Every so often, one comes a dish or a restaurant that is a perfect reflection of place. A bowl of rustic green chile stew with a folded flour tortilla on the side, for example, is a perfect reflection of its northern New Mexico context. It taps into not just local… Read More →
Only an hour from the 24/7 buzz of Rio de Janeiro is a tranquil retreat, where you can slow down and breath fresh mountain air, as well as savor slow food prepared with loving care. In the introduction to A Cozinha da Alcobaça, author and chef Dona Laura Góes says the food served in her pousada in Rio de Janeiro state, is based on “refined simplicity.” The Pousada da Alcobaça is a pretty and cosy 1914 colonial-style mansion, with 11 individually decorated rooms, set in lush tropical gardens sloping down to a sparkling river.
Camaroes a Baiana isa deliciously spicy but creamy dish from the state of Bahia in northeastern Brazil. It’s signature ingredient is palm oil, called dendê in Brazil (pronounced: den-DAY). While you can substitute an oil like annatto to attain the same vivid red-orange color, the flavor of dendê is indispensable… Read More →
Last year, while enjoying chef Roland Villard’s incredible Amazônia Menu at Le Pré Catelan in Rio de Janeiro’s Sofitel hotel, I heard rumblings that the chef was working on a similar tasting menu comprising of the most common Brazilian ingredients: rice and beans. I just received word that the menu is now being served in the restaurant.
When I arrived in Rio de Janeiro, Brazil I had been traveling for approximately 22 hours. Many of those hours I was rushing to catch a train, to catch a flight, and to catch another flight. I dropped my bags off at my hotel, the Marina All Suites in Leblon, and went straight to the Hotel Fasano’s Al Mare restaurant in Ipanema to begin my first lesson in Brazilian cachaça with Leblon rep Eliana Pessanha.
Until a recent trip to Rio de Janeiro I thought Alex Atala at D.O.M. in São Paulo was the only chef diving head first into Amazonian ingredients in Brazil. I was wrong. Another chef, Roland Villard, at Rio’s Le Pré Catelan inside the Hotel Sofitel on Copacabana Beach, is just as intimate with these exotic ingredients. If not, more so. The French chef, serves an 11 Course Amazonian Tasting Menu that ranks among the best meals I have ever had the pleasure of eating.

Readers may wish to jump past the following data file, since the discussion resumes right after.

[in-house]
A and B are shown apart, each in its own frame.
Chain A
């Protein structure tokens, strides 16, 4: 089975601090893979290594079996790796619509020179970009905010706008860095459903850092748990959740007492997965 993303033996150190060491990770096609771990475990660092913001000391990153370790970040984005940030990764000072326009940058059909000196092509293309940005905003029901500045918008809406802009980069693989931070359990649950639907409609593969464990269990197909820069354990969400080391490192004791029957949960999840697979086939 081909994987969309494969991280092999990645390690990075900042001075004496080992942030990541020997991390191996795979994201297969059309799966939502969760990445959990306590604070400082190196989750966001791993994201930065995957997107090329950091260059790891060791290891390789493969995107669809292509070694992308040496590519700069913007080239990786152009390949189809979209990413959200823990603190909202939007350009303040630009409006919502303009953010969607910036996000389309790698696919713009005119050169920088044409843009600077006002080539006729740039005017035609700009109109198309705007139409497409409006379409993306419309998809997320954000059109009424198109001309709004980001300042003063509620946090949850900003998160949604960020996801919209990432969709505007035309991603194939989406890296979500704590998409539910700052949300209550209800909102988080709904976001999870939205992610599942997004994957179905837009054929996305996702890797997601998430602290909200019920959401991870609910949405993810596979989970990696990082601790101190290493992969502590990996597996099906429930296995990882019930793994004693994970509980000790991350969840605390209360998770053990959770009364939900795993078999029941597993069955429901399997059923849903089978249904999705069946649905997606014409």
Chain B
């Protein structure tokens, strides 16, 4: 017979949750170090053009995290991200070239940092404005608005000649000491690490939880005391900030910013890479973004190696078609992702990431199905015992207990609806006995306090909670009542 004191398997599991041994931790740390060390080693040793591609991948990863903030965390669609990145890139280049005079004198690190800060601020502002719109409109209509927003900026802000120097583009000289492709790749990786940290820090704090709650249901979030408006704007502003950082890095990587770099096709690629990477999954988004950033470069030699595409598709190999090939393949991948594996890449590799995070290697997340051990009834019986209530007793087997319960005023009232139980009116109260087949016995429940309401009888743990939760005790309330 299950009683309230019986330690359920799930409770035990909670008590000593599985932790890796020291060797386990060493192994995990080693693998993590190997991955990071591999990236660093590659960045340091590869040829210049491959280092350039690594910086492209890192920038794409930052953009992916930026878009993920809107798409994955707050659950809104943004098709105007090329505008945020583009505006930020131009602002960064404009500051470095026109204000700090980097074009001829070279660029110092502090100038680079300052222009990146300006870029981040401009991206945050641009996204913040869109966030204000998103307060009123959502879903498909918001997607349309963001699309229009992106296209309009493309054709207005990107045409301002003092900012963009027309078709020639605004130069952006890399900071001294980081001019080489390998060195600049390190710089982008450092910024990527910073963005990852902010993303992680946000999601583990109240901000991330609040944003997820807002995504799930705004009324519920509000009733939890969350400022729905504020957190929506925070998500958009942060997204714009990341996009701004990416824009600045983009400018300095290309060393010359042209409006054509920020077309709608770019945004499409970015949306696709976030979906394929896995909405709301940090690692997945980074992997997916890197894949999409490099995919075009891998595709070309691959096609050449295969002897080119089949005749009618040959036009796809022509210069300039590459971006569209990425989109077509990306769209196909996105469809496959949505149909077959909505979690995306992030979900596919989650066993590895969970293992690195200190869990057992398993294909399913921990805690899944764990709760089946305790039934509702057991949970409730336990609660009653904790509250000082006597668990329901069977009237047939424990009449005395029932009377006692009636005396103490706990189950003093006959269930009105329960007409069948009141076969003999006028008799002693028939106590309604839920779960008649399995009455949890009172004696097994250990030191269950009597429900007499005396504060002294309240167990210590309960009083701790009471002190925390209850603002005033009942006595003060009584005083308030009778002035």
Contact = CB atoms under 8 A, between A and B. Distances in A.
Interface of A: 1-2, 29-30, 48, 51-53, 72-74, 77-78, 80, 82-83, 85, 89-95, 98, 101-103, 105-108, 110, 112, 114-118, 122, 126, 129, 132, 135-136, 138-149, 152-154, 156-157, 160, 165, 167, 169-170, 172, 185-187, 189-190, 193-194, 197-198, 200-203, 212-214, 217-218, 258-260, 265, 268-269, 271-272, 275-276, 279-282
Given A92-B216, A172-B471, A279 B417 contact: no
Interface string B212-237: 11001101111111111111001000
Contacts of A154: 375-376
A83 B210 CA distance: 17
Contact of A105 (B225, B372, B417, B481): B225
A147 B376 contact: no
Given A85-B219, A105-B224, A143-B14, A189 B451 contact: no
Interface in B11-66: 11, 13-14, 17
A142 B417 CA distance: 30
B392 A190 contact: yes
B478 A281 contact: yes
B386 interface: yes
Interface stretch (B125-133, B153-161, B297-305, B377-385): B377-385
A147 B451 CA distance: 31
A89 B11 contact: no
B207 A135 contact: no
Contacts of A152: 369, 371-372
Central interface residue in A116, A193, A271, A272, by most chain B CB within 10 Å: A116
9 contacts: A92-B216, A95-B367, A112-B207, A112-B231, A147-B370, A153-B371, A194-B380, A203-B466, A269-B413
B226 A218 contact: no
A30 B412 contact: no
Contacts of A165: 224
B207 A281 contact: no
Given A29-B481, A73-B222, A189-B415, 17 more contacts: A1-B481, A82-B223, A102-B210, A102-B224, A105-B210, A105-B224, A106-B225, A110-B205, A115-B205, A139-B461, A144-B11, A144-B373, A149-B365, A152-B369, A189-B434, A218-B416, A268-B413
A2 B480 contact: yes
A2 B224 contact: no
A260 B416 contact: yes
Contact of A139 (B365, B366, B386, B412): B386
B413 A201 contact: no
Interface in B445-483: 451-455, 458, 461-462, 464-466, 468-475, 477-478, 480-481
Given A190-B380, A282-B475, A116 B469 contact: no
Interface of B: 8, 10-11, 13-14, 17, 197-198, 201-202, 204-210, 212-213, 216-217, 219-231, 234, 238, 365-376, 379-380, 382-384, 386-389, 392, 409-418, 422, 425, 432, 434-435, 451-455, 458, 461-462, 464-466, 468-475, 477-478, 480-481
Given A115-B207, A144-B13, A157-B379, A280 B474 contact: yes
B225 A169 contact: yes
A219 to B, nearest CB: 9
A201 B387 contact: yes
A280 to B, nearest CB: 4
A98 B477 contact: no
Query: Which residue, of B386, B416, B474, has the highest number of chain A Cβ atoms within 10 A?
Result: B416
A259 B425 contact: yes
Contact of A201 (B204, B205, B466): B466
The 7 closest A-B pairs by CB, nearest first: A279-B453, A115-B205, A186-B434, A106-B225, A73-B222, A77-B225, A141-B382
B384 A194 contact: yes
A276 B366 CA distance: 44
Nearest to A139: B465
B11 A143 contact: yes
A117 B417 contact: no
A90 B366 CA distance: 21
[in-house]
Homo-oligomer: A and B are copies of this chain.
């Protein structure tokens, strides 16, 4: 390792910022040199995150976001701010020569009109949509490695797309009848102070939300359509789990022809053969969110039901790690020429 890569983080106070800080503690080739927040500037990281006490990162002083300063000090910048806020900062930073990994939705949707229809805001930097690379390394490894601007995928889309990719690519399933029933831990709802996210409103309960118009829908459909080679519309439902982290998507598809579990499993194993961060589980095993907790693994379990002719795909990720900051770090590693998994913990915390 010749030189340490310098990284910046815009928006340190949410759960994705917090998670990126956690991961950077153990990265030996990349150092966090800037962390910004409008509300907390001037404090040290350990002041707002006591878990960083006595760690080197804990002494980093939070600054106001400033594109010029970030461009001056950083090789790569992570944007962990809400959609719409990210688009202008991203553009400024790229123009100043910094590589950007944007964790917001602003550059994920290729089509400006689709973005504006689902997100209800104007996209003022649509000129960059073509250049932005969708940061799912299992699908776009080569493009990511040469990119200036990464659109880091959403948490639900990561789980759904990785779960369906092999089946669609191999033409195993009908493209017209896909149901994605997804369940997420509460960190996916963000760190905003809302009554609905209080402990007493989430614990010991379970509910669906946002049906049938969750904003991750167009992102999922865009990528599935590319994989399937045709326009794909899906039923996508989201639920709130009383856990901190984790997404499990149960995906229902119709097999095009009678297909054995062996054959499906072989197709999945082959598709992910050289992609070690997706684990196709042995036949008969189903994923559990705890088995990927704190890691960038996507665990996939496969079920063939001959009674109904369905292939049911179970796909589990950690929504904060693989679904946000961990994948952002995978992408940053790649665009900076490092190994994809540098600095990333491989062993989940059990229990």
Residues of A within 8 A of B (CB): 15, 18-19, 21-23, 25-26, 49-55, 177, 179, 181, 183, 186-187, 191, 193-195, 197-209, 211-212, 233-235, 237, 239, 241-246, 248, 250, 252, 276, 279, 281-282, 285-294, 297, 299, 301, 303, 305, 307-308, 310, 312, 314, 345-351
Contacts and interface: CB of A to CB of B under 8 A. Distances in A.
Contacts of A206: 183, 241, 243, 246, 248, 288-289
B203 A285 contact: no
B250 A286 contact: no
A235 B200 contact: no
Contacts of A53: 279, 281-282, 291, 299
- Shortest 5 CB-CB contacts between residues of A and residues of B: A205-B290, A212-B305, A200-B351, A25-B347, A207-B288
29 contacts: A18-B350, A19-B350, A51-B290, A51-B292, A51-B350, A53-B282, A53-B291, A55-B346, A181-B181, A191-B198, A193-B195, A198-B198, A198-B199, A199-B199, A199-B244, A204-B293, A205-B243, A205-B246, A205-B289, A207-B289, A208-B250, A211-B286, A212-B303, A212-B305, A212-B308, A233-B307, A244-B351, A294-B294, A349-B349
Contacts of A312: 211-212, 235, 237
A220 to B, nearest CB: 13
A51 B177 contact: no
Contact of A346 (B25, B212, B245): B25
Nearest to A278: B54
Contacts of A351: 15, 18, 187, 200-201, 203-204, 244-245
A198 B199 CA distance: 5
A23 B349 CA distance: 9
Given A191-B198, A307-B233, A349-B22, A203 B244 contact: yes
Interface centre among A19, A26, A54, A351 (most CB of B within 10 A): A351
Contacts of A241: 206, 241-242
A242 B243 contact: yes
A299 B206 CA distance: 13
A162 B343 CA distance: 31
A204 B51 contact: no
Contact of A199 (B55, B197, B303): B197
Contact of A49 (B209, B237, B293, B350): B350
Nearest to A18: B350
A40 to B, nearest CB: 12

On a recent night in Rio de Janeiro I went to the restaurant Carlota without a reservation. There were people milling around outside and when I asked the waitress if there was a table, she replied with a wait time that was well beyond my hunger limit. Carlota would have to wait. I wandered around the Leblon neighborhood looking for somewhere simple. The neon light Koni store appeared before me like a mirage in the desert.
When I arrived in Rio de Janeiro, Brazil I had been traveling for approximately 22 hours. Many of those hours I was rushing to catch a train, to catch a flight, and to catch another flight. I dropped my bags off at my hotel, the Marina All Suites in Leblon, and went straight to the Hotel Fasano’s Al Mare restaurant in Ipanema to begin my first lesson in Brazilian cachaça, which few realize is the third most consumed spirit in the world. I started off with a almost traditional caipirinha with a little bit of fresh passion fruit juice in it (with Leblon), Brazil’s signature cocktail that’s muddles cachaça with sugar and lime.
As it begins to look more and more like South America is going to clean up at the World Cup, I had the rare opportunity to watch matches of both Brazil and Argentina from within those countries. Each of these nations has won the cup in the past and two of the greatest players in cup history, Argentina’s Diego Maradona (now Argentina’s coach) and Brazil’s Pele, originated here. Both countries hold futbol to a standard on par with the church. When a game is on, the cities shut down as everyone watches. Here’s my report.
The more Brazilian food I eat and the more I visit Brazil, the more I realize how little I really know about Brazilian cooking. The country is massive, a continent of its own. By Leticia Moreinos-Schwartz’s The Brazilian Kitchen (Kyle Books, 2010) is the best all around study on Brazilian food I’ve read thus far.